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Corporate Information Factory

The "father of data warehousing" incorporates the latest technologies into his blueprint for integrated decision support systems Today's corporate IT and data warehouse managers are required to make a small army of technologies work together to ensure fast and accurate information for business managers. Bill Inmon created the Corporate Information Factory to solve the needs of these managers. Since the First Edition, the design of the factory has grown and changed dramatically. This Second Edition, revised and expanded by 40% with five new chapters, incorporates these changes. This step-by-step guide will enable readers to connect their legacy systems with the data warehouse and deal with a host of new and changing technologies, including Web access mechanisms, e-commerce systems, ERP (Enterprise Resource Planning) systems. The book also looks closely at exploration and data mining servers for analyzing customer behavior and departmental data marts for finance, sales, and marketing.

Paperback: 400 pages

Publisher: Wiley; 2nd edition (January 1, 2001)

Language: English

ISBN-10: 0471399612

ISBN-13: 978-0471399612

Product Dimensions: 7.5 x 1.1 x 9.6 inches

Shipping Weight: 1.9 pounds (View shipping rates and policies)

Average Customer Review: 2.9 out of 5 stars  See all reviews (8 customer reviews)

Best Sellers Rank: #777,116 in Books (See Top 100 in Books) #344 in Books > Computers & Technology > Networking & Cloud Computing > Data in the Enterprise > Client-Server Systems #412 in Books > Computers & Technology > Business Technology > Management Information Systems #621 in Books > Textbooks > Business & Finance > Entrepreneurship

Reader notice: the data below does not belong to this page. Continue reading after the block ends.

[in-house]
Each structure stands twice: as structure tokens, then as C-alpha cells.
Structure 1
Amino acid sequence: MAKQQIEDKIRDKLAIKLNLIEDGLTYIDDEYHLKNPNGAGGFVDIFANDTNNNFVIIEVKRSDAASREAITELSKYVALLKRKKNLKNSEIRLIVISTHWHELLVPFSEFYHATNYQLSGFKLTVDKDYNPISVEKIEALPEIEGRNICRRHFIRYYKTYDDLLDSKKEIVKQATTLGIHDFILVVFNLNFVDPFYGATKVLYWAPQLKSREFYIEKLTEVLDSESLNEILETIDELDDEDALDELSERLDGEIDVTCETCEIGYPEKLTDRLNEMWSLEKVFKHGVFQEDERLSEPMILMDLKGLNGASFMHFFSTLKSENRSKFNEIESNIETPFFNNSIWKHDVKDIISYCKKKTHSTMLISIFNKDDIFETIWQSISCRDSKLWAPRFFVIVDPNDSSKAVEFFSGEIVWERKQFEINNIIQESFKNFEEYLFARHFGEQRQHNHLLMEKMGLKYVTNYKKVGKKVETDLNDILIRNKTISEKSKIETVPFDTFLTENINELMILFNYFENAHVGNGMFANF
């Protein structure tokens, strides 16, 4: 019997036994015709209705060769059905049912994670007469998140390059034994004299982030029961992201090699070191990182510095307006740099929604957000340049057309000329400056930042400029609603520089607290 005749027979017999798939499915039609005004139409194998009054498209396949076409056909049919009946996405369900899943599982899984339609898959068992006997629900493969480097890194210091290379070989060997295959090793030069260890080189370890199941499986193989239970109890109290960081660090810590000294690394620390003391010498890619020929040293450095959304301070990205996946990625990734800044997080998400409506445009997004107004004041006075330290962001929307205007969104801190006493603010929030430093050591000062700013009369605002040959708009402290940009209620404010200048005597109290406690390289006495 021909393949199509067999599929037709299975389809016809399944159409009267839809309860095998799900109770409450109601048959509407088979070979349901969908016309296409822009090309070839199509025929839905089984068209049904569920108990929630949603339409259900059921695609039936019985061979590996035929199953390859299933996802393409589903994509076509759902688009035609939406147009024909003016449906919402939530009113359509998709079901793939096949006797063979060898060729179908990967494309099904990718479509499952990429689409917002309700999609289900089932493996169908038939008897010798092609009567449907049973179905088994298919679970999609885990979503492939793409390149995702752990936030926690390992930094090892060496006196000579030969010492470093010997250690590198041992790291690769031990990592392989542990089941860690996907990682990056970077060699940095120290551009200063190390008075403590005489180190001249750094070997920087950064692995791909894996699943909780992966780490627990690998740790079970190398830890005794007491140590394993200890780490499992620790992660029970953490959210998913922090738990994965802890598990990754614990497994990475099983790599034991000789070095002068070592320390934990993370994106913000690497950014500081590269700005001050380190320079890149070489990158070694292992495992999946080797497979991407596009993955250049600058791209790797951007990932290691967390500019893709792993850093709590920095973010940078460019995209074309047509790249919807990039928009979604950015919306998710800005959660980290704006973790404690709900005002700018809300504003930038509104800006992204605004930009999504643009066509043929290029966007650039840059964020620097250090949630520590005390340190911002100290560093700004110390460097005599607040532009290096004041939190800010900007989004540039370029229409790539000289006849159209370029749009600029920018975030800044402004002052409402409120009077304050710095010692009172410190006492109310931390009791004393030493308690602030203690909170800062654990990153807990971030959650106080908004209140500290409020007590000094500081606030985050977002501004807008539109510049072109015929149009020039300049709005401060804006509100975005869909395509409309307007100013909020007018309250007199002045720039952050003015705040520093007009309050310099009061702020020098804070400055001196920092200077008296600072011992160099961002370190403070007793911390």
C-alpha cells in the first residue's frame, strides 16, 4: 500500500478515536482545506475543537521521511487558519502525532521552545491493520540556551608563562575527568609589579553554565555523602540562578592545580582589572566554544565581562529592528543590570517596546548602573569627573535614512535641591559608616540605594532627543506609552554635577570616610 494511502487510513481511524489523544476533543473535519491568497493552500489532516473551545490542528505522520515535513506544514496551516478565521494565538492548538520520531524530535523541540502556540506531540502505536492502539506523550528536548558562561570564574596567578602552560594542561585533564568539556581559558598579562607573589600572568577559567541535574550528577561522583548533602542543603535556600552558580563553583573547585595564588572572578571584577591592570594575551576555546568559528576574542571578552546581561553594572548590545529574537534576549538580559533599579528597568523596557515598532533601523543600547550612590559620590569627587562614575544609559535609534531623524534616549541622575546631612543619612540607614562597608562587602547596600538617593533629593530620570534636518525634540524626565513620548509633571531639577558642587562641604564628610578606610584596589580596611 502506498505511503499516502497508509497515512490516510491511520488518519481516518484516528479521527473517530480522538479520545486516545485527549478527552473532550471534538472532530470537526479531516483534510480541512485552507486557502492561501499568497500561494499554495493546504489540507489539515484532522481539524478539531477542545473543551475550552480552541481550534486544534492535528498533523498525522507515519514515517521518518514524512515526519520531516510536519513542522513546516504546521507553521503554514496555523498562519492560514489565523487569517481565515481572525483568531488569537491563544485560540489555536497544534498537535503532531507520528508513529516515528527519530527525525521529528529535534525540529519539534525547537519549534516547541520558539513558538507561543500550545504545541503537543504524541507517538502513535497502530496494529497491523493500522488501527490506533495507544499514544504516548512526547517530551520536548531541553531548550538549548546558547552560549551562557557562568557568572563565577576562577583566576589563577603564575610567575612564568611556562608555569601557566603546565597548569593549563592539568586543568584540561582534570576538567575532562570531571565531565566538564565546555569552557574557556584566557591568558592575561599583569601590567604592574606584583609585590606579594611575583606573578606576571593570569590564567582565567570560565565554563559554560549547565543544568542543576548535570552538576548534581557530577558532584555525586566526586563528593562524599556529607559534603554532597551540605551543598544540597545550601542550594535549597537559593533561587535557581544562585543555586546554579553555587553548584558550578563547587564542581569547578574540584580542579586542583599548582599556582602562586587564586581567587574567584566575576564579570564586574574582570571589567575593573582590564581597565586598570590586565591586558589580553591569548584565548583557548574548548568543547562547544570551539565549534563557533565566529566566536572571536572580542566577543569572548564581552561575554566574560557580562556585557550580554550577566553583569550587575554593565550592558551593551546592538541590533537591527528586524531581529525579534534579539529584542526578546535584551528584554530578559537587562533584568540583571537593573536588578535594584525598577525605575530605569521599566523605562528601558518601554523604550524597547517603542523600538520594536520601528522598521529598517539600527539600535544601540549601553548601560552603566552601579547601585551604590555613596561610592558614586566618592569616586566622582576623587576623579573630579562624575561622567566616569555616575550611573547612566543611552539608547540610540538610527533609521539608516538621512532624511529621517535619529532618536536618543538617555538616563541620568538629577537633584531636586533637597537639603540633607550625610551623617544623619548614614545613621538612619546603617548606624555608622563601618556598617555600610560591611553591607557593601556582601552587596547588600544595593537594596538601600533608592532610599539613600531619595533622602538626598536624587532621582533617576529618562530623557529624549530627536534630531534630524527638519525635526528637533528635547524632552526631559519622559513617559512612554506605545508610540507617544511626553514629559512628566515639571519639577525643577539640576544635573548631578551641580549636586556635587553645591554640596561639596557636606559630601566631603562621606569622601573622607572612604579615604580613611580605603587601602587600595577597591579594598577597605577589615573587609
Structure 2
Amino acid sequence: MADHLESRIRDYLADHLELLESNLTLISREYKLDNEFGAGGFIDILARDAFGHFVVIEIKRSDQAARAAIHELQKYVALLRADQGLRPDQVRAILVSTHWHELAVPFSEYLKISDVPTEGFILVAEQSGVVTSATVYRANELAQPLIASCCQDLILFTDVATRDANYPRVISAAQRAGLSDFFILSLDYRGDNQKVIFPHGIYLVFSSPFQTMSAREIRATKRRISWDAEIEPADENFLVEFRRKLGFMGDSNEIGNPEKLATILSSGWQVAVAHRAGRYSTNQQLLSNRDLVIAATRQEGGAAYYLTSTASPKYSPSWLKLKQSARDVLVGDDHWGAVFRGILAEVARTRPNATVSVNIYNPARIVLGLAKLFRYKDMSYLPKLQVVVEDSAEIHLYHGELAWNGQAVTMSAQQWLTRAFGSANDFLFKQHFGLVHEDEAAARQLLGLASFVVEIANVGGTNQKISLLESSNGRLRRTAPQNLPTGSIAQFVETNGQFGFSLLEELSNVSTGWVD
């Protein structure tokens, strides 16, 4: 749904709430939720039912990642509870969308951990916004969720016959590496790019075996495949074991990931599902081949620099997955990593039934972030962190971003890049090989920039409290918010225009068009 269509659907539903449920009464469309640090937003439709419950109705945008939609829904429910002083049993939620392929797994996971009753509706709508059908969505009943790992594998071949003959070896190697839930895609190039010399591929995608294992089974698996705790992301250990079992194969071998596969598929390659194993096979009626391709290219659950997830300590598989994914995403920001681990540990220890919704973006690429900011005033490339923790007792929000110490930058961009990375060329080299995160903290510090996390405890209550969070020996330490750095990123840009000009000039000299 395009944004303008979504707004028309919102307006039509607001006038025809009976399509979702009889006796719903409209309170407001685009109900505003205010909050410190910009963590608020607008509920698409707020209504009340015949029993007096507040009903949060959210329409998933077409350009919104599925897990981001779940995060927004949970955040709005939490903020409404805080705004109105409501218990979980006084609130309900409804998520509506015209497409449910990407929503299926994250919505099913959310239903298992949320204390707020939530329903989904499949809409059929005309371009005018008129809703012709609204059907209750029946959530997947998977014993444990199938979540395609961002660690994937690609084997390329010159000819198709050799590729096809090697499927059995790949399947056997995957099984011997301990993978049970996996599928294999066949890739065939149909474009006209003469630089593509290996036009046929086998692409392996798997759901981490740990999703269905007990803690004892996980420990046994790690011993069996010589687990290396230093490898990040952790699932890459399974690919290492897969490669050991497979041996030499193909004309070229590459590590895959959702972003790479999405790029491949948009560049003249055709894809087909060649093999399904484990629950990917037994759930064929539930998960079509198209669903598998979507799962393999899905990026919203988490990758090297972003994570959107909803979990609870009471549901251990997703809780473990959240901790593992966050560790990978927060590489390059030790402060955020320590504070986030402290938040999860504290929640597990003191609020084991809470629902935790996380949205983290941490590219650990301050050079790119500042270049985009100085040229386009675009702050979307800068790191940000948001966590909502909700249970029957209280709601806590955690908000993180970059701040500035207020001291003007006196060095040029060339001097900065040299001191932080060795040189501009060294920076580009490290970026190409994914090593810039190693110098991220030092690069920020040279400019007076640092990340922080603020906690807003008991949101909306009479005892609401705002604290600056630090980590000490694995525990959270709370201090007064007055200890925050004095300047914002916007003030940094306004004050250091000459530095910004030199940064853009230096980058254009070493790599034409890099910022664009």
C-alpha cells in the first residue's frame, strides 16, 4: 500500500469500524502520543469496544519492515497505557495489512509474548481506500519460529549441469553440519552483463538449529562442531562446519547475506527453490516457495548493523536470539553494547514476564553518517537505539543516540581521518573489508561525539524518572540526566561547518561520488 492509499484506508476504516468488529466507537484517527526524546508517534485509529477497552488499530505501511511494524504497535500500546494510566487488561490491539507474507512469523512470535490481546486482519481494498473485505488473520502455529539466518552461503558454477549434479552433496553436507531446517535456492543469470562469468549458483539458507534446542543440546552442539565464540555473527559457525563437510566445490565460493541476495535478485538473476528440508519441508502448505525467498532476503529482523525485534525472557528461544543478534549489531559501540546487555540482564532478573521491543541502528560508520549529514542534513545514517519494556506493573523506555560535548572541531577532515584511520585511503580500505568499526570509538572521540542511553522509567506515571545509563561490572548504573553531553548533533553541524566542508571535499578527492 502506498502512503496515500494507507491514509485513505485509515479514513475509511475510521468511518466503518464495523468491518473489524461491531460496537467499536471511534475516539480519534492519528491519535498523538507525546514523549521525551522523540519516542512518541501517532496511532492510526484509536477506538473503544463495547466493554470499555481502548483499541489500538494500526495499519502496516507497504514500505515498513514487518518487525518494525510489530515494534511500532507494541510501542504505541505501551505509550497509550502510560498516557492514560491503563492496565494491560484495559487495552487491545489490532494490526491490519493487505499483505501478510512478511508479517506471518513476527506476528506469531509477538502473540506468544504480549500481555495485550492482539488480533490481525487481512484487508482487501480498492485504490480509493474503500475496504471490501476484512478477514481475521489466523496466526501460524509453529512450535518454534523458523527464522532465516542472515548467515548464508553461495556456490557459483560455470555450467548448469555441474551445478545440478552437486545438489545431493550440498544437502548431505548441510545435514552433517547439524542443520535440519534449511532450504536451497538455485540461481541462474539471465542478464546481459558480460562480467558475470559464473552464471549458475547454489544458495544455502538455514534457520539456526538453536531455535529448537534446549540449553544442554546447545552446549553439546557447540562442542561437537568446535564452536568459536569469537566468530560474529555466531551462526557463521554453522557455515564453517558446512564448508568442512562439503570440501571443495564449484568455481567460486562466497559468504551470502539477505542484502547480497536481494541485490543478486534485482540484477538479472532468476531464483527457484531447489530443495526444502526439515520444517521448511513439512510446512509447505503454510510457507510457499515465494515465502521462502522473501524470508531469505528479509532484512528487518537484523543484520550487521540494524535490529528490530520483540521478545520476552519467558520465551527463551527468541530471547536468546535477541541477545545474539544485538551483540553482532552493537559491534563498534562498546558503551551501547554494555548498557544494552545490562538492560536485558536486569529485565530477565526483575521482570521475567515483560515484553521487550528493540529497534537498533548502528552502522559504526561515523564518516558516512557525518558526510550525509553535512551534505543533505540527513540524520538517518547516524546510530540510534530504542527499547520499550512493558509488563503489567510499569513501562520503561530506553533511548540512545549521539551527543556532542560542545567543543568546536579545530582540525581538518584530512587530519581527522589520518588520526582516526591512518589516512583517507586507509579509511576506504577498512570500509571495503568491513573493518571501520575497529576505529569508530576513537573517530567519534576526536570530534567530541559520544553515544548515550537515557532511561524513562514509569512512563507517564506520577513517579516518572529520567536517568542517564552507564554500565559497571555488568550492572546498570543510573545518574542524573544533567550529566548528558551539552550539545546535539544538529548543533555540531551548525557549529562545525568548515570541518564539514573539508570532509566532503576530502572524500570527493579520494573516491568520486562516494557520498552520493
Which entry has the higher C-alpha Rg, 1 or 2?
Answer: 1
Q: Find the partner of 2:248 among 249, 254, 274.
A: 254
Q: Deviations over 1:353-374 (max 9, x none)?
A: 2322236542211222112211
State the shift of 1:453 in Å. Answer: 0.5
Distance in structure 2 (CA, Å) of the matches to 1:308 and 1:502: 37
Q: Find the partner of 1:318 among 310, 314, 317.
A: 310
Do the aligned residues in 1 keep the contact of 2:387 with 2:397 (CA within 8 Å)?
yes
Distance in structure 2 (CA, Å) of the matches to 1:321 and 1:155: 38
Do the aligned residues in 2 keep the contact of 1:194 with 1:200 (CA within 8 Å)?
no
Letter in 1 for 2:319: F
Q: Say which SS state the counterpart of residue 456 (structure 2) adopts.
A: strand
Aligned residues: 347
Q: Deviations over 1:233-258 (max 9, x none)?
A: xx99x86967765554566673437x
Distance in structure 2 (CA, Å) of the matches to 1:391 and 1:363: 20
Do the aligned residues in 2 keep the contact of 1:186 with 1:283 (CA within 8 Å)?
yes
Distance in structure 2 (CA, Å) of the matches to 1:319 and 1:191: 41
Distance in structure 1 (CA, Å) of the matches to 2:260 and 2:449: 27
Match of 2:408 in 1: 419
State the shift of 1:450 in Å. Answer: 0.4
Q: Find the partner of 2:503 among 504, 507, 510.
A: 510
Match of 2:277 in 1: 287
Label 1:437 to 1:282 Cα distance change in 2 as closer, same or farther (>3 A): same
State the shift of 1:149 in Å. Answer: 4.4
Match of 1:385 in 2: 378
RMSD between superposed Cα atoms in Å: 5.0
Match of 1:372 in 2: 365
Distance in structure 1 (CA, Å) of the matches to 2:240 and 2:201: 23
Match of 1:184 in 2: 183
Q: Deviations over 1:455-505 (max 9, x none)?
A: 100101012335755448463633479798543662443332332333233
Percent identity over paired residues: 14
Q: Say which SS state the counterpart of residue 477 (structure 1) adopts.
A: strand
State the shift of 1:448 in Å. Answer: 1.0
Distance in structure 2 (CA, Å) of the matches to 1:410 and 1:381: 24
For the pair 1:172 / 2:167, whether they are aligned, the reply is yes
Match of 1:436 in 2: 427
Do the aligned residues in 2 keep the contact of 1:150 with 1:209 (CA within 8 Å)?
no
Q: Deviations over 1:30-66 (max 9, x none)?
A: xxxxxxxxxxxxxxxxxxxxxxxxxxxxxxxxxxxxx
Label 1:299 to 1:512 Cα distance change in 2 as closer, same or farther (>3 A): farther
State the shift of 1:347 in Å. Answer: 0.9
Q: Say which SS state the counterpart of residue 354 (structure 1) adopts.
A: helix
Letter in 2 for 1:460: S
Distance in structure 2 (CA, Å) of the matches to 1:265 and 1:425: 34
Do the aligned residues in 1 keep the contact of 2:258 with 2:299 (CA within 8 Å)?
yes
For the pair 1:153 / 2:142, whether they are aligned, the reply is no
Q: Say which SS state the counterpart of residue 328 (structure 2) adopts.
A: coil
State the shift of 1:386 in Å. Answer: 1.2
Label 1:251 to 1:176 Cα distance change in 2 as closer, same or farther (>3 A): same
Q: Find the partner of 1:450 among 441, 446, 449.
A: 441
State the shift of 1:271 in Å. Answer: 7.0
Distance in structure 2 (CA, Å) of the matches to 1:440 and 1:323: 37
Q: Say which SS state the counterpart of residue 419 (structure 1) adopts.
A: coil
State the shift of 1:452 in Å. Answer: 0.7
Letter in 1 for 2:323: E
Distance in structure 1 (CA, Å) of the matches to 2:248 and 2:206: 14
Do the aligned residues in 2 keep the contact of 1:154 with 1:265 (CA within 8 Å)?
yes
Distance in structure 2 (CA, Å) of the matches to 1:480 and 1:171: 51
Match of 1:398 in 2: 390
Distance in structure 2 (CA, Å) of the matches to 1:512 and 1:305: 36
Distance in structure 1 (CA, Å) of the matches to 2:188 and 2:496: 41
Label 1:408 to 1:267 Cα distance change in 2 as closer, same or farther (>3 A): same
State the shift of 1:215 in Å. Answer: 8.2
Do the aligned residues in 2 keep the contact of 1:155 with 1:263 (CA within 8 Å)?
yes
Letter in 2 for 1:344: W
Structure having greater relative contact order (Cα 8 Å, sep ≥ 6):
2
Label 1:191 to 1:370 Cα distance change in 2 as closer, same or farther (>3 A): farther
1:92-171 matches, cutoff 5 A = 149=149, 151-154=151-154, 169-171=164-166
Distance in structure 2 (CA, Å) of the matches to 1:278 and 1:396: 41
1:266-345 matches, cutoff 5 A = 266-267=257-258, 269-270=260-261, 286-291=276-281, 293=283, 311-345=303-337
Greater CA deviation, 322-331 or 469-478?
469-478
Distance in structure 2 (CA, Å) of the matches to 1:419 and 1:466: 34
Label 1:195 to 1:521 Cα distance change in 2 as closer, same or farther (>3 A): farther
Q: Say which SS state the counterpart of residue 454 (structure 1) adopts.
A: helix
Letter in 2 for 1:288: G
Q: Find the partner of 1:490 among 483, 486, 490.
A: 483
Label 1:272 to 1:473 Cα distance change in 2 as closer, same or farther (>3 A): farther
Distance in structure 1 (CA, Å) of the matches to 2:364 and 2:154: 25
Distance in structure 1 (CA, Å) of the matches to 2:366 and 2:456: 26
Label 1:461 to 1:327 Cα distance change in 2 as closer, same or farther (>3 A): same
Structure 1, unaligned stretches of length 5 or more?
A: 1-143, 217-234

I approached this book with an open mind, but after I stumbled upon a couple of obviously wrong and some nonsensical statements, I started reading it much more skeptically, and finding more and more problems with it. (However, it did provide more fun ;))The book has a good premise, trying to explain information system with the factory metaphor. Although authors give some good insight in the way IS should or could be thought of and modeled, there are many instances in the text where you read something and say to yourself "what where these good people thinking". This then undermines your confidence in their vision and full understanding of the matter. And although I think this is a matter of personal preference, authors sometimes seem to be in love with their style, producing some beautiful nonsense like this: "The legacy environment is only a very small vestige of its former invincible self." (pg. 42)Let me give you some more examples of what I'm talking about:Authors create metaphors of user classes, calling them "tourist, farmer, explorer and miner", which in itself is not a bad idea, but then they go on to say " found at the ODS environment are quite different from the farmers found at the data mart". So why did you create the single metaphor then?Also, check this out: "A miner will typically look over many, many rows of data...". As opposed to what, just a "many rows of data"? Whence some people might need "not so many rows of data"? Like I'm reading a book for my eight-year-old, for goodness sakes!

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